A Complement independent erythropoietic inhibitor acting on the progenitor cell in refractory anemia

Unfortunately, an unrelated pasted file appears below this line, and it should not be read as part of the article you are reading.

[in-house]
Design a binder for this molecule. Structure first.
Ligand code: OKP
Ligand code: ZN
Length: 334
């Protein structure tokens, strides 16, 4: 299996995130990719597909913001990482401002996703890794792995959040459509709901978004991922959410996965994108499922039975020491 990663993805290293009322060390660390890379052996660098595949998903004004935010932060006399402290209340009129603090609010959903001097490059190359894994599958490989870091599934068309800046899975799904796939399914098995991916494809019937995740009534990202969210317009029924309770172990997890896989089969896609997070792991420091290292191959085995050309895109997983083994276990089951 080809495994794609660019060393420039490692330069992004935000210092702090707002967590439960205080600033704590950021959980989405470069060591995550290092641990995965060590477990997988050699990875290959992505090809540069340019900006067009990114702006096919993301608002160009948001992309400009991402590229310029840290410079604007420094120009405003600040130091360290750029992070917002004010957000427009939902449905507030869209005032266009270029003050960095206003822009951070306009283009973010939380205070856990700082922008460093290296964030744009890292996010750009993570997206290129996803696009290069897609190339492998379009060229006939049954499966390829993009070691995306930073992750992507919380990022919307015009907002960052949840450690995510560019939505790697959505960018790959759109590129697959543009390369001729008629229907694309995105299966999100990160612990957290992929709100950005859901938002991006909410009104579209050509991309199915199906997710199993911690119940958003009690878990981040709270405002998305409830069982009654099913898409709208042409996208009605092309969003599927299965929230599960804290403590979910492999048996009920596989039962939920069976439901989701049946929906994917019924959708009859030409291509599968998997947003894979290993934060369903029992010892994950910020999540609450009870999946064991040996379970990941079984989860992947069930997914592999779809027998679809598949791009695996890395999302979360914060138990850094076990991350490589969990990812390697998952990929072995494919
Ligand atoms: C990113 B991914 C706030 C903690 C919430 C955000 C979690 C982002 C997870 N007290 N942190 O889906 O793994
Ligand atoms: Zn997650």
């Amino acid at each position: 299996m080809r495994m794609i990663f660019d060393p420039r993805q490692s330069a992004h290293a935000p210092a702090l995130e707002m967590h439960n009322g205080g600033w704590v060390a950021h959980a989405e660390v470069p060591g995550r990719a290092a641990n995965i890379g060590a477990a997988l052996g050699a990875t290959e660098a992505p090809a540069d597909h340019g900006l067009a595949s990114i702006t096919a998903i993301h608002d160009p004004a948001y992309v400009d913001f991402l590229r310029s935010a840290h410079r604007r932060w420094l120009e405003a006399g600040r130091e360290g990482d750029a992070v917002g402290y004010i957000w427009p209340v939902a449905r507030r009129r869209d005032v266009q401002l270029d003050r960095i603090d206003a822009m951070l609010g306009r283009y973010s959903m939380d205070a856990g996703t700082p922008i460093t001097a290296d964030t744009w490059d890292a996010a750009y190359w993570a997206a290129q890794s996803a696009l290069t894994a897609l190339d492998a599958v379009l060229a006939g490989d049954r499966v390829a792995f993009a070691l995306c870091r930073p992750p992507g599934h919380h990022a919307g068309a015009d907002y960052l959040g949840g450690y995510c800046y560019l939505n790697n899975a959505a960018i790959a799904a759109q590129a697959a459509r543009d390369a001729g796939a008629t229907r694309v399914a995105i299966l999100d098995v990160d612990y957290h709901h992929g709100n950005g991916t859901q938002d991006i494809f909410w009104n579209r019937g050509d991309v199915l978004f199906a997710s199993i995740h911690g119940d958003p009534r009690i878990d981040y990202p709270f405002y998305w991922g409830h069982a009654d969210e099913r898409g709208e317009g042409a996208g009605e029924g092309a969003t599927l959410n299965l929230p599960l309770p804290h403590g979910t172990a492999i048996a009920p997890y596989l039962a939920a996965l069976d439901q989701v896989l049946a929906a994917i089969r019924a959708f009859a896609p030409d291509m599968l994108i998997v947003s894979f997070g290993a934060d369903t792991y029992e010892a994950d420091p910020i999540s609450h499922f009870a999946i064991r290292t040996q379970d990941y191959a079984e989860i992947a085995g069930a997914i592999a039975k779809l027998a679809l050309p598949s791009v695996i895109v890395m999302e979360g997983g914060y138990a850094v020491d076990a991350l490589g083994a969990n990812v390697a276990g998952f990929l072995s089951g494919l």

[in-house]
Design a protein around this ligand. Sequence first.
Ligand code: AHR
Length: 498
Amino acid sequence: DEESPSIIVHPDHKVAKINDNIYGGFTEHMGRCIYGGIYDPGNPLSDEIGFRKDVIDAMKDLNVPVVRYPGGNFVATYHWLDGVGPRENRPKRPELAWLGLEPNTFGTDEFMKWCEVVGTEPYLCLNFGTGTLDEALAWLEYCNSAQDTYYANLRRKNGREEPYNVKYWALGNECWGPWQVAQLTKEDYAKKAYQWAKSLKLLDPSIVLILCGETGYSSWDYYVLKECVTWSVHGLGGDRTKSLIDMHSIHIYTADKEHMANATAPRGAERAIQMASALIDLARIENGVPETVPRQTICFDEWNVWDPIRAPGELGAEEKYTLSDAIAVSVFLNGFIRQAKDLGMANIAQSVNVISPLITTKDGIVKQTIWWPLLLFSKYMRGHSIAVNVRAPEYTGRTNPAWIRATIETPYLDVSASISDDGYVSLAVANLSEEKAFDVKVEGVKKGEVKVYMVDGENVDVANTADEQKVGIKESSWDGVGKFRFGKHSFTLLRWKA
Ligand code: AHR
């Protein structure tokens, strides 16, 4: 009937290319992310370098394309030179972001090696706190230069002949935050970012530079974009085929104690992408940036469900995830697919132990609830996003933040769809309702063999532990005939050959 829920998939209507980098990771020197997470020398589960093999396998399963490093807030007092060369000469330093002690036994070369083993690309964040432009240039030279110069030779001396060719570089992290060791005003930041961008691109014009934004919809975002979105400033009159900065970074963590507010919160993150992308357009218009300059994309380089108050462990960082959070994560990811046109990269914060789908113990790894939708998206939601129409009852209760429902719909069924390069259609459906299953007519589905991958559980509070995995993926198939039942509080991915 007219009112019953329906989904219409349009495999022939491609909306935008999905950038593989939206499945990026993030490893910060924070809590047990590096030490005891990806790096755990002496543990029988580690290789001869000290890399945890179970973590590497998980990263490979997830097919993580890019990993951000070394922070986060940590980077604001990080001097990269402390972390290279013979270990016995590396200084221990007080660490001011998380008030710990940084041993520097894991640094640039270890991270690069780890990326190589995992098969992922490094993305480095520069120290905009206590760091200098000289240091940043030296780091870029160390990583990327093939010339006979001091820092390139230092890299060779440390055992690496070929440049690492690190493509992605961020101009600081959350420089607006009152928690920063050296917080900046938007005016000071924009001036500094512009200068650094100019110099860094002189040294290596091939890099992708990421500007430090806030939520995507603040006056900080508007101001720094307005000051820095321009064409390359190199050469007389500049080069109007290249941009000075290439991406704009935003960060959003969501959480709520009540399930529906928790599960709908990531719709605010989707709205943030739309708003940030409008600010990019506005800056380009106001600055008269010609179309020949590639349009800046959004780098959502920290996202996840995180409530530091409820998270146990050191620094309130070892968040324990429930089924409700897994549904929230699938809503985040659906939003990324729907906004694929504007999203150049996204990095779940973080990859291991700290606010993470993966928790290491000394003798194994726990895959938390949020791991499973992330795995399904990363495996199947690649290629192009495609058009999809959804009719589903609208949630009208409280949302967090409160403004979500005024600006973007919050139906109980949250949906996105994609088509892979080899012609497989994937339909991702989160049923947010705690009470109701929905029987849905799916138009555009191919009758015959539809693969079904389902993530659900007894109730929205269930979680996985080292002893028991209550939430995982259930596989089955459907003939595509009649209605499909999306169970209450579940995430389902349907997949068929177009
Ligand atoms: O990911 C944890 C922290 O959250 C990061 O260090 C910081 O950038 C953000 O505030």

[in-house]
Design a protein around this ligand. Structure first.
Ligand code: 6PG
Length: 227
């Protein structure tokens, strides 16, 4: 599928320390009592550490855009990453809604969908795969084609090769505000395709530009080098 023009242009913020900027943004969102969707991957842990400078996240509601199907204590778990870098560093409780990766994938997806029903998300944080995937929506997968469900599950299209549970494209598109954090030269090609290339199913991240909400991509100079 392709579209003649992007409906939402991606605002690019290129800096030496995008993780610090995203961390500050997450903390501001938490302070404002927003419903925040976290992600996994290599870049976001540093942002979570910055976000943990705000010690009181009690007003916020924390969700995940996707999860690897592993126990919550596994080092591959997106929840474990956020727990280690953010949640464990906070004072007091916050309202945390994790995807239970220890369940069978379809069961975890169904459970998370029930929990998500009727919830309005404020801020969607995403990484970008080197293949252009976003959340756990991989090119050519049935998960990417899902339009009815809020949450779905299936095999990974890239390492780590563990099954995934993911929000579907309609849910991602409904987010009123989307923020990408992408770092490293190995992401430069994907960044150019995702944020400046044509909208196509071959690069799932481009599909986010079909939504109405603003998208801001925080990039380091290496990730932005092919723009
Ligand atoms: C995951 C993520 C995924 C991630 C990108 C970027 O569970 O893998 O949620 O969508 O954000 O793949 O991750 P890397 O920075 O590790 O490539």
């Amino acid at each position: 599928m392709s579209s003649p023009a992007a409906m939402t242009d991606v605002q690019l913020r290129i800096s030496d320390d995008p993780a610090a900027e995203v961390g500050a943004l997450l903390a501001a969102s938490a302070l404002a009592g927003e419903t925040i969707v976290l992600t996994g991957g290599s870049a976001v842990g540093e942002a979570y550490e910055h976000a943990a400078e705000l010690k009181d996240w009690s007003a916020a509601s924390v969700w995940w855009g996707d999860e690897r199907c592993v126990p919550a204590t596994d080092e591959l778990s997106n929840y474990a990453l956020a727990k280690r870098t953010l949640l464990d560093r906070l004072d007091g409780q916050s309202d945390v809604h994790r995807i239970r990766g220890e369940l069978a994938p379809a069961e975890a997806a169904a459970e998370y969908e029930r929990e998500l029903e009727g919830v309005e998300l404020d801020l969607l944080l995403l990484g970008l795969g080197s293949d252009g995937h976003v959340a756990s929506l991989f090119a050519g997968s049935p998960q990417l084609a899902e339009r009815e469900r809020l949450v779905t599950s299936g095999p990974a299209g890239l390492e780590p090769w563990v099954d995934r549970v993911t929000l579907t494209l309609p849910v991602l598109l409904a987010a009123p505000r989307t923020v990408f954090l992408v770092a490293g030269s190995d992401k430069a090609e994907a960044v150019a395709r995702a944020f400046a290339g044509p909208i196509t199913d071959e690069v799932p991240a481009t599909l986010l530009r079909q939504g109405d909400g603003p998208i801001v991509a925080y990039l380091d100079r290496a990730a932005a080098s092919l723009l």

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An erythropoietic inhibitor was detected in the serum of a patient with refractory anemia. Using an in vitro heme synthesis method, the patient's serum produced tenfold inhibition of erythropoietin-stimulated radioactive iron (Fe59) incorporation into heme of normal human marrow at 72 hours, as compared with AB serum. In a separate experiment the patient's serum produced threefold inhibition, whereas immunoglobulin G (IgG) prepared from the same serum sample produced 12-fold inhibition. To identify the site of action of the inhibitor, serum was tested in a cell culture system whereby human marrow cells, grown in a plasma clot, respond to exogenous erythropoietin with the appearance of nucleated erythroid colonies. Each colony arises from a committed erythroid progenitor. The patient's serum produced a two- or tenfold reduction in the number of colonies from normal human marrow. The effect was also demonstrated on autologous marrow obtained when the patient was in "partial clinical remission". Serum samples obtained at various times during the course of the patient's illness all demonstrated a suppressive effect on colony growth. All serums were heat-inactivated, and total hemolytic complement could not be detected in either culture system. It is concluded that the anemia is due to an inhibitor, probably of IgG class, that acts on the erythroid progenitor cell. The absence of heat-labile complement components in the culture systems suggests that the mechanism is not due to immune cytolysis.
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